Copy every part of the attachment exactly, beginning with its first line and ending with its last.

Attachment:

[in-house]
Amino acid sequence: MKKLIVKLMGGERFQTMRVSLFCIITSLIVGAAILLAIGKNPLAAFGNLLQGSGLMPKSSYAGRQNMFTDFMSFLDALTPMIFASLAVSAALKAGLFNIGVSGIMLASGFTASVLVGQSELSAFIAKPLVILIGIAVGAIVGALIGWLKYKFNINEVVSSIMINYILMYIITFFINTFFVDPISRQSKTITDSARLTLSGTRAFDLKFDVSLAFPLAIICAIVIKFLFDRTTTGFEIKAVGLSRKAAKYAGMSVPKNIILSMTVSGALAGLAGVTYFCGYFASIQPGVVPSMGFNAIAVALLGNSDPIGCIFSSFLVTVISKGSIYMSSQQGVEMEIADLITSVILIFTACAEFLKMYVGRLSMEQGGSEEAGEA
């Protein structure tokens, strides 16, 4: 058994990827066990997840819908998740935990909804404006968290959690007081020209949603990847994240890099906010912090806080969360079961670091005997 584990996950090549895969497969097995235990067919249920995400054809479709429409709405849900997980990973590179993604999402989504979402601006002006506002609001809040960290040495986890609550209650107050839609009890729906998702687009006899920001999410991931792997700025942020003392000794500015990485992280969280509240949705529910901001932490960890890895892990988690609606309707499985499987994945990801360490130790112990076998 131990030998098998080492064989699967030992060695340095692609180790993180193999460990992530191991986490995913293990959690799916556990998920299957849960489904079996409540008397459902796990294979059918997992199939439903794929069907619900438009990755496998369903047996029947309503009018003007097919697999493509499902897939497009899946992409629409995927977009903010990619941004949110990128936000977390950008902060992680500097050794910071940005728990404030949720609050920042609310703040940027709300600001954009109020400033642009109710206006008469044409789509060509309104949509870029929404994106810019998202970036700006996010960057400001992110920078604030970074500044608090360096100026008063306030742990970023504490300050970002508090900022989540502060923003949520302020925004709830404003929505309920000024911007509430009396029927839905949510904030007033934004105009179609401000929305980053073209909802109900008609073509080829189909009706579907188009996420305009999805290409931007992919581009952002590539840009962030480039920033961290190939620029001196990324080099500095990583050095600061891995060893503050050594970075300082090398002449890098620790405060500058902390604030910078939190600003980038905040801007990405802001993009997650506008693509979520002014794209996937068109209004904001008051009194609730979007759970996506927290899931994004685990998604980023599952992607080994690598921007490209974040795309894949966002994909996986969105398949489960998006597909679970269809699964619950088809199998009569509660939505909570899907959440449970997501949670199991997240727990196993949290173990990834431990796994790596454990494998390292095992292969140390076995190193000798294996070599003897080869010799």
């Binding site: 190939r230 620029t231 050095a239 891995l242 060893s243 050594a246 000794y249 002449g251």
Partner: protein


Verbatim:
[in-house]
Amino acid sequence: MKKLIVKLMGGERFQTMRVSLFCIITSLIVGAAILLAIGKNPLAAFGNLLQGSGLMPKSSYAGRQNMFTDFMSFLDALTPMIFASLAVSAALKAGLFNIGVSGIMLASGFTASVLVGQSELSAFIAKPLVILIGIAVGAIVGALIGWLKYKFNINEVVSSIMINYILMYIITFFINTFFVDPISRQSKTITDSARLTLSGTRAFDLKFDVSLAFPLAIICAIVIKFLFDRTTTGFEIKAVGLSRKAAKYAGMSVPKNIILSMTVSGALAGLAGVTYFCGYFASIQPGVVPSMGFNAIAVALLGNSDPIGCIFSSFLVTVISKGSIYMSSQQGVEMEIADLITSVILIFTACAEFLKMYVGRLSMEQGGSEEAGEA
């Protein structure tokens, strides 16, 4: 058994990827066990997840819908998740935990909804404006968290959690007081020209949603990847994240890099906010912090806080969360079961670091005997 584990996950090549895969497969097995235990067919249920995400054809479709429409709405849900997980990973590179993604999402989504979402601006002006506002609001809040960290040495986890609550209650107050839609009890729906998702687009006899920001999410991931792997700025942020003392000794500015990485992280969280509240949705529910901001932490960890890895892990988690609606309707499985499987994945990801360490130790112990076998 131990030998098998080492064989699967030992060695340095692609180790993180193999460990992530191991986490995913293990959690799916556990998920299957849960489904079996409540008397459902796990294979059918997992199939439903794929069907619900438009990755496998369903047996029947309503009018003007097919697999493509499902897939497009899946992409629409995927977009903010990619941004949110990128936000977390950008902060992680500097050794910071940005728990404030949720609050920042609310703040940027709300600001954009109020400033642009109710206006008469044409789509060509309104949509870029929404994106810019998202970036700006996010960057400001992110920078604030970074500044608090360096100026008063306030742990970023504490300050970002508090900022989540502060923003949520302020925004709830404003929505309920000024911007509430009396029927839905949510904030007033934004105009179609401000929305980053073209909802109900008609073509080829189909009706579907188009996420305009999805290409931007992919581009952002590539840009962030480039920033961290190939620029001196990324080099500095990583050095600061891995060893503050050594970075300082090398002449890098620790405060500058902390604030910078939190600003980038905040801007990405802001993009997650506008693509979520002014794209996937068109209004904001008051009194609730979007759970996506927290899931994004685990998604980023599952992607080994690598921007490209974040795309894949966002994909996986969105398949489960998006597909679970269809699964619950088809199998009569509660939505909570899907959440449970997501949670199991997240727990196993949290173990990834431990796994790596454990494998390292095992292969140390076995190193000798294996070599003897080869010799």
């Binding site: 190939r230 620029t231 050095a239 891995l242 060893s243 050594a246 000794y249 002449g251």
Partner: protein